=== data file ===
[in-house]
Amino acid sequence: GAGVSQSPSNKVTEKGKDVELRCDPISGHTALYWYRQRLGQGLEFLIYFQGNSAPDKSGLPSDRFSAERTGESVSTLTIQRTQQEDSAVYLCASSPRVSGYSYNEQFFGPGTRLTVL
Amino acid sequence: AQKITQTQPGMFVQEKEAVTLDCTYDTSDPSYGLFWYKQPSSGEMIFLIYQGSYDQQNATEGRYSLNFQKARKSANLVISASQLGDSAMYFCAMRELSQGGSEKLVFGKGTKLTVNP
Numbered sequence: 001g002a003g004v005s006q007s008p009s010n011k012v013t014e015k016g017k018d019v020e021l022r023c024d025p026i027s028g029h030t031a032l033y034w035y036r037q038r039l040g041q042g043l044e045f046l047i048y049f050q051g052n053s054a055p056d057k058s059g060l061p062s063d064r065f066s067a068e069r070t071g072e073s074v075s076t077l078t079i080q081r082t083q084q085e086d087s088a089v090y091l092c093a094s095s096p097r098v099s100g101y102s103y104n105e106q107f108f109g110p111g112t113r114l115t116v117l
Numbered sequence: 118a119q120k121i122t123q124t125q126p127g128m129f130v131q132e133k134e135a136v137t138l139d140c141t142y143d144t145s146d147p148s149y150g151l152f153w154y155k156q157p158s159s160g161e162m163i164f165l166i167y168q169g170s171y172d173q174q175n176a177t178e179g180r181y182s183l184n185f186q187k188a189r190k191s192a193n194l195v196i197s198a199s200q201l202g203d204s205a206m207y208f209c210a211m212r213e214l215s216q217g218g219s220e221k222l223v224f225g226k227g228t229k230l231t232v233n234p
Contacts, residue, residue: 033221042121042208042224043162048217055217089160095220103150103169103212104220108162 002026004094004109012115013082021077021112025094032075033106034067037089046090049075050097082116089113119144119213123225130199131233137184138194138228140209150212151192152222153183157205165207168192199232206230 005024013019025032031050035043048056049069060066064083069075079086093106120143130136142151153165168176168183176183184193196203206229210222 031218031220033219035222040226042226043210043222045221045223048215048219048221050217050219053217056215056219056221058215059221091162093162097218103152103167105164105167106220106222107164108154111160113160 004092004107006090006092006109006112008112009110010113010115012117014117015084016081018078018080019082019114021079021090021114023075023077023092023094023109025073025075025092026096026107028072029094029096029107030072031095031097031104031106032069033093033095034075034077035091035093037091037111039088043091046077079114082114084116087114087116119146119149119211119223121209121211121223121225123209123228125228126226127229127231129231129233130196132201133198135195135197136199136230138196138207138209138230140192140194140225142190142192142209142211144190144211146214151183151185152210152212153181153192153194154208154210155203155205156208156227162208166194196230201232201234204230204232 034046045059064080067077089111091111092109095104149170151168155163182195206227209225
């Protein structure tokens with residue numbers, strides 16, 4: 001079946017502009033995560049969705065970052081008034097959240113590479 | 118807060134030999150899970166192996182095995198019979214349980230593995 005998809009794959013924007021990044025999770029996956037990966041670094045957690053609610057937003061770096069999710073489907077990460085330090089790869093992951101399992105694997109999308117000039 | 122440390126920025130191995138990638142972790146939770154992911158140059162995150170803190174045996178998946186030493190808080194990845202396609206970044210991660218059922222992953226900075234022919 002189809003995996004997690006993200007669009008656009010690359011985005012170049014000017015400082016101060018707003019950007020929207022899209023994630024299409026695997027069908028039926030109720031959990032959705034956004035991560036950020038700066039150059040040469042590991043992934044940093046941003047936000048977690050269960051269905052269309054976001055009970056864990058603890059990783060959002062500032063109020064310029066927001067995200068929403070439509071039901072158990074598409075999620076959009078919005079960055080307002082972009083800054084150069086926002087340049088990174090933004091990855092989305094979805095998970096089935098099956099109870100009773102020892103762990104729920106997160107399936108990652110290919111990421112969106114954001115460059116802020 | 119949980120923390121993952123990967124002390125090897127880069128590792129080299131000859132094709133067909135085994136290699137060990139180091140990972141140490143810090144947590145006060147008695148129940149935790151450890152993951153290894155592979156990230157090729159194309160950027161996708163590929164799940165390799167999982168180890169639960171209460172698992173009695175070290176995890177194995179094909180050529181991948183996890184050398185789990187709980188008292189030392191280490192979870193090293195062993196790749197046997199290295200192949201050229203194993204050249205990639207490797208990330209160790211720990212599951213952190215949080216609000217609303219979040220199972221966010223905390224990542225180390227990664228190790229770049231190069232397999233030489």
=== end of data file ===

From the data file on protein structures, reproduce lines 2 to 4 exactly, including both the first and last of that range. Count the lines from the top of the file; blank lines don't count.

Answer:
Amino acid sequence: GAGVSQSPSNKVTEKGKDVELRCDPISGHTALYWYRQRLGQGLEFLIYFQGNSAPDKSGLPSDRFSAERTGESVSTLTIQRTQQEDSAVYLCASSPRVSGYSYNEQFFGPGTRLTVL
Amino acid sequence: AQKITQTQPGMFVQEKEAVTLDCTYDTSDPSYGLFWYKQPSSGEMIFLIYQGSYDQQNATEGRYSLNFQKARKSANLVISASQLGDSAMYFCAMRELSQGGSEKLVFGKGTKLTVNP
Numbered sequence: 001g002a003g004v005s006q007s008p009s010n011k012v013t014e015k016g017k018d019v020e021l022r023c024d025p026i027s028g029h030t031a032l033y034w035y036r037q038r039l040g041q042g043l044e045f046l047i048y049f050q051g052n053s054a055p056d057k058s059g060l061p062s063d064r065f066s067a068e069r070t071g072e073s074v075s076t077l078t079i080q081r082t083q084q085e086d087s088a089v090y091l092c093a094s095s096p097r098v099s100g101y102s103y104n105e106q107f108f109g110p111g112t113r114l115t116v117l